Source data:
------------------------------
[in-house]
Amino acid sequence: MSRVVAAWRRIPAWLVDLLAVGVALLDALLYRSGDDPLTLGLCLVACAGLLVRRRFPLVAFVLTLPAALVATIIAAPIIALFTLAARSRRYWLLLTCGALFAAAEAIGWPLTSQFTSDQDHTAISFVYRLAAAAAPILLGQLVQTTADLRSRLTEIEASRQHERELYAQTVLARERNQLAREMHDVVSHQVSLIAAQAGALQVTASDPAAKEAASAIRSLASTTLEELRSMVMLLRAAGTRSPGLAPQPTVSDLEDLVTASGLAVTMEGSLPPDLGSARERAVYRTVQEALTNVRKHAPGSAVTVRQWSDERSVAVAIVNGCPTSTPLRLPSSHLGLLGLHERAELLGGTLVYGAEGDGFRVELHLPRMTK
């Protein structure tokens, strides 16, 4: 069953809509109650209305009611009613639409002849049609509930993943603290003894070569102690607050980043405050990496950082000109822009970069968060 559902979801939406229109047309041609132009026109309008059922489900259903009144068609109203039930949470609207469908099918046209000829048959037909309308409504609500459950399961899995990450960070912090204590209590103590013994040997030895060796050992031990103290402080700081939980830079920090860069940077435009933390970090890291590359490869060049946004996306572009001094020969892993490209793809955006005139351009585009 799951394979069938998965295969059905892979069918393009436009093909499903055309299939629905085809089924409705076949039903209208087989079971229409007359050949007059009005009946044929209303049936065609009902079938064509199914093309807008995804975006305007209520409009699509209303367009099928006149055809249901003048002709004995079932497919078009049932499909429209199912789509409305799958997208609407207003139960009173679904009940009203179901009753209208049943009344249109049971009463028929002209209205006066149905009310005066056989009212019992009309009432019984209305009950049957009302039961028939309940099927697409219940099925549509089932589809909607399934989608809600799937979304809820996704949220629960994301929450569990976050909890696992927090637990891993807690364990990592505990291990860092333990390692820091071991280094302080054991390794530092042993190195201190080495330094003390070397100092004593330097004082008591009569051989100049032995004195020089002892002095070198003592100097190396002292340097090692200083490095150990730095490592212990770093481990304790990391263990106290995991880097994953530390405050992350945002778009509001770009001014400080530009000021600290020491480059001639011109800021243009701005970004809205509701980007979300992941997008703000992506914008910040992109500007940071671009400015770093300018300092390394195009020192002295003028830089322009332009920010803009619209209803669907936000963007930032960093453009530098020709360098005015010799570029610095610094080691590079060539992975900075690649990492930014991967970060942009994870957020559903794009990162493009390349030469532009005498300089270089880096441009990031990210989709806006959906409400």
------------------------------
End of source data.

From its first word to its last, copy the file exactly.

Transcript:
[in-house]
Amino acid sequence: MSRVVAAWRRIPAWLVDLLAVGVALLDALLYRSGDDPLTLGLCLVACAGLLVRRRFPLVAFVLTLPAALVATIIAAPIIALFTLAARSRRYWLLLTCGALFAAAEAIGWPLTSQFTSDQDHTAISFVYRLAAAAAPILLGQLVQTTADLRSRLTEIEASRQHERELYAQTVLARERNQLAREMHDVVSHQVSLIAAQAGALQVTASDPAAKEAASAIRSLASTTLEELRSMVMLLRAAGTRSPGLAPQPTVSDLEDLVTASGLAVTMEGSLPPDLGSARERAVYRTVQEALTNVRKHAPGSAVTVRQWSDERSVAVAIVNGCPTSTPLRLPSSHLGLLGLHERAELLGGTLVYGAEGDGFRVELHLPRMTK
């Protein structure tokens, strides 16, 4: 069953809509109650209305009611009613639409002849049609509930993943603290003894070569102690607050980043405050990496950082000109822009970069968060 559902979801939406229109047309041609132009026109309008059922489900259903009144068609109203039930949470609207469908099918046209000829048959037909309308409504609500459950399961899995990450960070912090204590209590103590013994040997030895060796050992031990103290402080700081939980830079920090860069940077435009933390970090890291590359490869060049946004996306572009001094020969892993490209793809955006005139351009585009 799951394979069938998965295969059905892979069918393009436009093909499903055309299939629905085809089924409705076949039903209208087989079971229409007359050949007059009005009946044929209303049936065609009902079938064509199914093309807008995804975006305007209520409009699509209303367009099928006149055809249901003048002709004995079932497919078009049932499909429209199912789509409305799958997208609407207003139960009173679904009940009203179901009753209208049943009344249109049971009463028929002209209205006066149905009310005066056989009212019992009309009432019984209305009950049957009302039961028939309940099927697409219940099925549509089932589809909607399934989608809600799937979304809820996704949220629960994301929450569990976050909890696992927090637990891993807690364990990592505990291990860092333990390692820091071991280094302080054991390794530092042993190195201190080495330094003390070397100092004593330097004082008591009569051989100049032995004195020089002892002095070198003592100097190396002292340097090692200083490095150990730095490592212990770093481990304790990391263990106290995991880097994953530390405050992350945002778009509001770009001014400080530009000021600290020491480059001639011109800021243009701005970004809205509701980007979300992941997008703000992506914008910040992109500007940071671009400015770093300018300092390394195009020192002295003028830089322009332009920010803009619209209803669907936000963007930032960093453009530098020709360098005015010799570029610095610094080691590079060539992975900075690649990492930014991967970060942009994870957020559903794009990162493009390349030469532009005498300089270089880096441009990031990210989709806006959906409400």